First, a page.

The Victory Paradox 304

Just as the SNP sweeps to utter domination of the Scottish presence at Westminster, the future of Scottish nationalism must move to a rejection of Westminster rule as illegitimate. That is the victory paradox.

There is no doubt that this is the best possible election result for achieving Scottish independence in the near term. The one thing that I believe might have postponed independence for decades, was a Labour Party government of the UK with SNP support, governing as Tory Lite but making the dreadful repressive UK state that little bit less openly vicious, the abuse a little bit more disguised, the wealthy corporate elite less openly triumphalist.

I know that Tory rule is going to be dreadful for many decent people who are struggling to make ends meet, that the heartlessness of benefits sanctions will cause despair and suicide, that asylum seekers will be detained and abused. But Scotland has absolutely rejected the entire Tory system, and the scene is now set for the kind of extra-parliamentary resistance that we saw to Thatcher’s poll tax. We have to refuse to let Westminster do this to people. In this circumstance, those SNP MPs are relevant insofar as they use their platform to help build the popular resistance, not in terms of anything they do in that appalling haw-haw club.

Labour would have lost and we would have a Tory government even if Labour had won every seat in Scotland. Labour’s abject failure was in no sense caused by the SNP, whatever the appalling journalists of BBC Scotland may say or imply. And Labour is now going to underline, still more than the Tories, the urgent need for Scotland to be independent. The airwaves are already buzzing with London comment that Labour’s problem was that it was not right wing enough for English opinion. The next Labour leader must be more Blairite, they say. Andy Burnham, Yvette Cooper or Chuka Umunna are touted to fit the bill, they suggest. This is completely a false analysis. If England were given a chance to vote for an SNP style, more left wing, offering then very many of the English would vote for it. But it will not happen. Labour will lurch ever further to the right and it will become undeniable that the Scottish people can only express their political aspirations through independence.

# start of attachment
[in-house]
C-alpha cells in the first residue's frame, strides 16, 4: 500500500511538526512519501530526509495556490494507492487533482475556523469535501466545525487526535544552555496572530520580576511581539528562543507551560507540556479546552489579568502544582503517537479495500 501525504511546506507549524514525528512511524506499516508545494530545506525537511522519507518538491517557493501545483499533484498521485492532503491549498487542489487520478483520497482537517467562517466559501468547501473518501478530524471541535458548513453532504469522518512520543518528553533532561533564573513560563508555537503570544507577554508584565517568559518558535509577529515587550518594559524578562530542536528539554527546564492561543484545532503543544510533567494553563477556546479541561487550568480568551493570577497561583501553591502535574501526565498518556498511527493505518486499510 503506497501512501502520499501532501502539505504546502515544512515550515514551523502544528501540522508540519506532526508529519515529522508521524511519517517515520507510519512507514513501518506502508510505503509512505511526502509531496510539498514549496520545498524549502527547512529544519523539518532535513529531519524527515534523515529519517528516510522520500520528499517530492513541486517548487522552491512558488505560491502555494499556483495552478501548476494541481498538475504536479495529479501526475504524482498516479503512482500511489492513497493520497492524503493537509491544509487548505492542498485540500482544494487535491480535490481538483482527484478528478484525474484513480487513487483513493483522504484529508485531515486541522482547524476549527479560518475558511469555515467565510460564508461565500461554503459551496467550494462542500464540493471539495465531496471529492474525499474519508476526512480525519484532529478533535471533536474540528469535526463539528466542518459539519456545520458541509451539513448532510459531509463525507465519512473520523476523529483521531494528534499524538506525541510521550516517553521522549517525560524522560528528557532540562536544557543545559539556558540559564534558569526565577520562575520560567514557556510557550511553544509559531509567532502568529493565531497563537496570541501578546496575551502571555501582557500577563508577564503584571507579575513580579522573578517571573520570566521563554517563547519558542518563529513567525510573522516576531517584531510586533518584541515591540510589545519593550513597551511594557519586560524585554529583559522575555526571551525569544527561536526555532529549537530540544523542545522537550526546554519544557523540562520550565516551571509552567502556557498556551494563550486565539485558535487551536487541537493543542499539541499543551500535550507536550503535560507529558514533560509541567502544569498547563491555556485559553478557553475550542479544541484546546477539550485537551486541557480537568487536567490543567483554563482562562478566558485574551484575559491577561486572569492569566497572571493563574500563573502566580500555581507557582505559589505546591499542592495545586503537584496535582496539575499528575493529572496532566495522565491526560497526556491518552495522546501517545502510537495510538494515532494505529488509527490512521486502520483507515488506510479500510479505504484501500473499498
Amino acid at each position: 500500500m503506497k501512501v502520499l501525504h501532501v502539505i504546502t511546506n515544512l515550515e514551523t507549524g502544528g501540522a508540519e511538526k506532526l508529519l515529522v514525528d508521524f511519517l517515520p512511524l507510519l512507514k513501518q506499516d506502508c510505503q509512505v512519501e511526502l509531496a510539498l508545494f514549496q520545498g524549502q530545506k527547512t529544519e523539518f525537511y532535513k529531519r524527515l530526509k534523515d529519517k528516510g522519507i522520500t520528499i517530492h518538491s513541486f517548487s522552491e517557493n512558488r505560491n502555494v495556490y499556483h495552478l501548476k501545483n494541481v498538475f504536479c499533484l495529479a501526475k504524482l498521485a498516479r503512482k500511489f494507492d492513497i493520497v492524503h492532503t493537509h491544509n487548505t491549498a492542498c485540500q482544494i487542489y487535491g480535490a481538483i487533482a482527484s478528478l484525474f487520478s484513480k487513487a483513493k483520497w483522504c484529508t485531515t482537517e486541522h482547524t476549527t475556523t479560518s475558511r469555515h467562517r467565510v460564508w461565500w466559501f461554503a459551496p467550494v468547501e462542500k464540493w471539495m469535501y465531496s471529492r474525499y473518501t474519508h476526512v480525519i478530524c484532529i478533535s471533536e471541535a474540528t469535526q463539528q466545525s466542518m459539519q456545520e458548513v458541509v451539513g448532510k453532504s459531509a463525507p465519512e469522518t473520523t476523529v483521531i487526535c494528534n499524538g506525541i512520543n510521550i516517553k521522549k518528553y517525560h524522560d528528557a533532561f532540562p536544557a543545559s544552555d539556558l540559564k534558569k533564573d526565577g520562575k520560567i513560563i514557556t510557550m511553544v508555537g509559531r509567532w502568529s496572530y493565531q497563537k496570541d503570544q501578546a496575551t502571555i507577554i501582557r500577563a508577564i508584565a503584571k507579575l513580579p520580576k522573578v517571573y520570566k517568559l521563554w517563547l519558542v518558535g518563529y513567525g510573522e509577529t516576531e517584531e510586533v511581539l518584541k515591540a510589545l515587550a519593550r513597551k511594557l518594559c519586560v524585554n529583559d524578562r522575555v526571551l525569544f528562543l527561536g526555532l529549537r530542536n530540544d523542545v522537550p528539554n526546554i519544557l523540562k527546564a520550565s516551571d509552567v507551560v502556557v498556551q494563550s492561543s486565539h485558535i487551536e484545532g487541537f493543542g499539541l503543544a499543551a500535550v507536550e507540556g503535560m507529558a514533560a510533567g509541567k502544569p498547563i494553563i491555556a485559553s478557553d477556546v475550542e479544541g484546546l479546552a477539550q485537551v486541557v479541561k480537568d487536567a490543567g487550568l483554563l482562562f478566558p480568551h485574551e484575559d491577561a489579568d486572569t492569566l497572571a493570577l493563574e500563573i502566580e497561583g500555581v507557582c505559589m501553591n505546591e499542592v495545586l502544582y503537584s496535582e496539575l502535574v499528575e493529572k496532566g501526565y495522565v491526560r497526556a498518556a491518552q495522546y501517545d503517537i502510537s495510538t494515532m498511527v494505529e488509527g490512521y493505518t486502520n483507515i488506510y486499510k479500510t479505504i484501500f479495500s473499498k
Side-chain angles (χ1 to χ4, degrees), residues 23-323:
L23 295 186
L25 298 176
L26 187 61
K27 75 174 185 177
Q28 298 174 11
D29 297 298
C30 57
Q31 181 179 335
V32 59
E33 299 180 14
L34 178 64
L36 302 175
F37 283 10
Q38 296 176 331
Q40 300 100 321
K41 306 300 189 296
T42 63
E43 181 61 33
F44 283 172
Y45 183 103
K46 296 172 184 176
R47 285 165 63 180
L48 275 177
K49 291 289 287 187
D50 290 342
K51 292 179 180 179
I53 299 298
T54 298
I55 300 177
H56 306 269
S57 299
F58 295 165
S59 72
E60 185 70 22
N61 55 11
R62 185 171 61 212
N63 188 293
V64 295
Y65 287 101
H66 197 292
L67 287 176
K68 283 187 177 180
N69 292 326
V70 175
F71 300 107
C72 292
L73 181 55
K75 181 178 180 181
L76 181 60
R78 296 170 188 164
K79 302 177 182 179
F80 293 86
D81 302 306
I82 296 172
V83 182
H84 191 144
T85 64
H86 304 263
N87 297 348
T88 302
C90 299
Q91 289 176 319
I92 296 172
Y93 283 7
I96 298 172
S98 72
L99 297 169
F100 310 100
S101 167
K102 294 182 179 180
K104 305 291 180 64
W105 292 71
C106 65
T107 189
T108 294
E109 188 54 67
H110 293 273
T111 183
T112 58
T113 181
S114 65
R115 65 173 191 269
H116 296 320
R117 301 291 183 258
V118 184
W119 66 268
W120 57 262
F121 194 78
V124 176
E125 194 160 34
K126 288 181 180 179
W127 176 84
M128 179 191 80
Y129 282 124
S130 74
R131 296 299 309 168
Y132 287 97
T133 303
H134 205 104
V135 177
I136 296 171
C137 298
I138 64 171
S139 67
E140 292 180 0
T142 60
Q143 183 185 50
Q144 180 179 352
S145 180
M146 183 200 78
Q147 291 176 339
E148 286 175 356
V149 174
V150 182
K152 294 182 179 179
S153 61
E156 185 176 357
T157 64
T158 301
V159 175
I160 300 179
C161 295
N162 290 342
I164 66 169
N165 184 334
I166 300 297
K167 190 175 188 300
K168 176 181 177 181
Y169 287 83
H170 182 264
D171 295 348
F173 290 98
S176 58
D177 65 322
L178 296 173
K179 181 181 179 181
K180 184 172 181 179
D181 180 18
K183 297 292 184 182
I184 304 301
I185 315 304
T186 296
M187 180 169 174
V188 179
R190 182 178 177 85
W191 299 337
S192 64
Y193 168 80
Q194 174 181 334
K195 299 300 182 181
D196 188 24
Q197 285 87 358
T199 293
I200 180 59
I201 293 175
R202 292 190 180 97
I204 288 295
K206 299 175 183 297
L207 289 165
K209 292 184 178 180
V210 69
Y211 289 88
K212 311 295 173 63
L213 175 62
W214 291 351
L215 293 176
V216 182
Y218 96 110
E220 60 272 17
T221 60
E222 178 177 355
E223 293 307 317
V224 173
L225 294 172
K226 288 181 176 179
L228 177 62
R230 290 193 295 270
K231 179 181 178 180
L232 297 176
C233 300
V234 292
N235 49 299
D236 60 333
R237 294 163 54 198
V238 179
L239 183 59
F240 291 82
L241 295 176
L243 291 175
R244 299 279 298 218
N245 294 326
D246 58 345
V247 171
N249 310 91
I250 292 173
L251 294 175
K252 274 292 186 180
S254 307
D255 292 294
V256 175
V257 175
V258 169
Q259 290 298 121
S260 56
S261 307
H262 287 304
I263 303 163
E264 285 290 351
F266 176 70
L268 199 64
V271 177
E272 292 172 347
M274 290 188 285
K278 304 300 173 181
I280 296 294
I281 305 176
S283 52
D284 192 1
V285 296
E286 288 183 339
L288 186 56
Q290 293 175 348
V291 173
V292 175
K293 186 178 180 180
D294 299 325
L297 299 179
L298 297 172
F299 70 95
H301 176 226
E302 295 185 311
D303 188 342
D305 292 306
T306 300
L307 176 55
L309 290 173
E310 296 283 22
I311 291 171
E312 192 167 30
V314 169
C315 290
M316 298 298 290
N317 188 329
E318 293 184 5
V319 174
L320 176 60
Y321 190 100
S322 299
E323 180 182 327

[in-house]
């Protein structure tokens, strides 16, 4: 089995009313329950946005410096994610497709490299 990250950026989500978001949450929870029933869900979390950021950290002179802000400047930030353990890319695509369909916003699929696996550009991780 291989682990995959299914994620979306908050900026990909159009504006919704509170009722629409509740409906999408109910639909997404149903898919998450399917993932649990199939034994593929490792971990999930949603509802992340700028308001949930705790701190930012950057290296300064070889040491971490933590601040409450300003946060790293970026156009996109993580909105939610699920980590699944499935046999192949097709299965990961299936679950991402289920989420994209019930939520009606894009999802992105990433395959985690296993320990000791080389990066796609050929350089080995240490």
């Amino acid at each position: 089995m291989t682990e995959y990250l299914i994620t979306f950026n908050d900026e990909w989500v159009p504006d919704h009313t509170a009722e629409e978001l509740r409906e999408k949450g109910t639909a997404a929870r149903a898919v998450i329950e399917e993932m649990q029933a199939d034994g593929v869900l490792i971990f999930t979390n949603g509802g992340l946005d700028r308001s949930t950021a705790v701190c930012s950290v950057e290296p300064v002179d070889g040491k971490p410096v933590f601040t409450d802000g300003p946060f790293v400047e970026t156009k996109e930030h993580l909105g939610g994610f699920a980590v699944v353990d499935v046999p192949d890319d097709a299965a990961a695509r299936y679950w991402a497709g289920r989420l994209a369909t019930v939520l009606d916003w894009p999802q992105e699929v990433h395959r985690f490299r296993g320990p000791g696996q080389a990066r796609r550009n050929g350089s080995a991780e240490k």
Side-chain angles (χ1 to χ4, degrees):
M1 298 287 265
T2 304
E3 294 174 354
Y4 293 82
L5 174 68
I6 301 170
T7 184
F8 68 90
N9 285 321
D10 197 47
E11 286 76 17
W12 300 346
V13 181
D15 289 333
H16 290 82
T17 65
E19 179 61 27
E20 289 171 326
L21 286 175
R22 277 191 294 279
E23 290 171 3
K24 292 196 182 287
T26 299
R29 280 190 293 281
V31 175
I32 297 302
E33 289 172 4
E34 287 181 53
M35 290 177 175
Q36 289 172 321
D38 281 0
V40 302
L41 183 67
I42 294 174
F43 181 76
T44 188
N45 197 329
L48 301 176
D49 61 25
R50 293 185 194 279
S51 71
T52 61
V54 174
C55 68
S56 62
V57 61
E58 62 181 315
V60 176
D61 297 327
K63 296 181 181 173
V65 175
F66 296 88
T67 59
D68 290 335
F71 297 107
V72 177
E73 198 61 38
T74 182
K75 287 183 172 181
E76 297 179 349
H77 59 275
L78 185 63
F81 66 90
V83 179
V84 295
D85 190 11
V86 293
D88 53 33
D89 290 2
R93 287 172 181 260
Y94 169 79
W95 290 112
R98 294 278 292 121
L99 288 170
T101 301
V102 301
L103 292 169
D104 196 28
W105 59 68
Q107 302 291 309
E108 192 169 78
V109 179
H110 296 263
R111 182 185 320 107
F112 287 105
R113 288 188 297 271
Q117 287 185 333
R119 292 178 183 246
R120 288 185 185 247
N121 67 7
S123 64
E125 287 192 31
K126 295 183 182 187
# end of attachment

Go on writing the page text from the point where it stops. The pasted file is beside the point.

Even the best people are still human, and I have to confess that I am absolutely delighted that the SNP leadership have been neatly removed by this election result from any temptation. Exercising power within the United Kingdom state can be heady and addictive. An insidious agenda was quite blatantly propagated by Alex Bell in Bella Caledonia, a man who has been very close to the party leadership, and who actually celebrated the idea that:

The fascinating story of this election is how the SNP is ‘Britishing’ itself, gently playing down the big constitutional stuff in favour of real power over the austerity agenda.

Mr Bell goes on to make the ludicrous proposition that to support the creation of a small state is in itself a conservative agenda. He is profoundly wrong. To dismantle an aggressive imperialist state is not a remotely conservative agenda. I have frequently expressed the fear that there is a careerist core in the SNP who are more concerned with troughing in the political class and being big-wigs in the UK than with achieving independence. Bell’s insidious unionism – very lightly disguised as support for “utilitarian nationalism” – had the potential to be much more corrosive to the cause of independence than anything which the Tories can do. Fortunately Bell’s thesis is totally stuffed by the election result, and his pseudo-intellectual rationalisations of the status quo can now be safely confined to the dustbin of irrelevance. The SNP has no “real power over the austerity agenda” and has zero chance of gaining any within the United Kingdom.

There is now no course to take but root and branch opposition to the consequences of a Tory rule which Scotland has just declared anathema. The only way forward is now independence and the only route is through a mounting extra-parliamentary opposition over the next few years. I am absolutely delighted for all those SNP MPs, of whom a large number are personal friends. But if you want to remain relevant, you have to forget about Angus Robertson telling you what suits to wear or how to put an approved knot in your tie (yes, that really happened), and you have to inspire the street in the way so many of you did during the referendum campaign.

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304 thoughts on “The Victory Paradox

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  • Clark

    Regarding Trafalgar Square protest, can anyone confirm this?, the first live webcam I tried doesn’t seem to show it. I tried, but it’s just a relay of The shadows look about right for the time of day. Maybe the protest has moved on.

  • 5th Column

    Mark Golding, thanks for the useful news at 3:13. The SNP ought to be attacking the quaint notion of national security, which has long been supplanted by human security. Cameron’s pathetic rubber ducky is meant to justify the P-5 status of a once-great power gone to seed. Sturgeon could counter British nuclear pretensions by urging instead that the UK forswear the veto on any matter not involving use of force (UN Charter Article 42). That would unilaterally promote UN reform while undercutting Britain’s NATO flunkies with peace.

  • Juteman

    Are you gay? Your posts suggest you are struggling with self esteem issues.

  • Phil

    There’s been a confrontation between riot cops and many hundreds of people at downing street today.

  • RobG

    The anti-austerity protest outside the Tory HQ in London today is being staged by these people: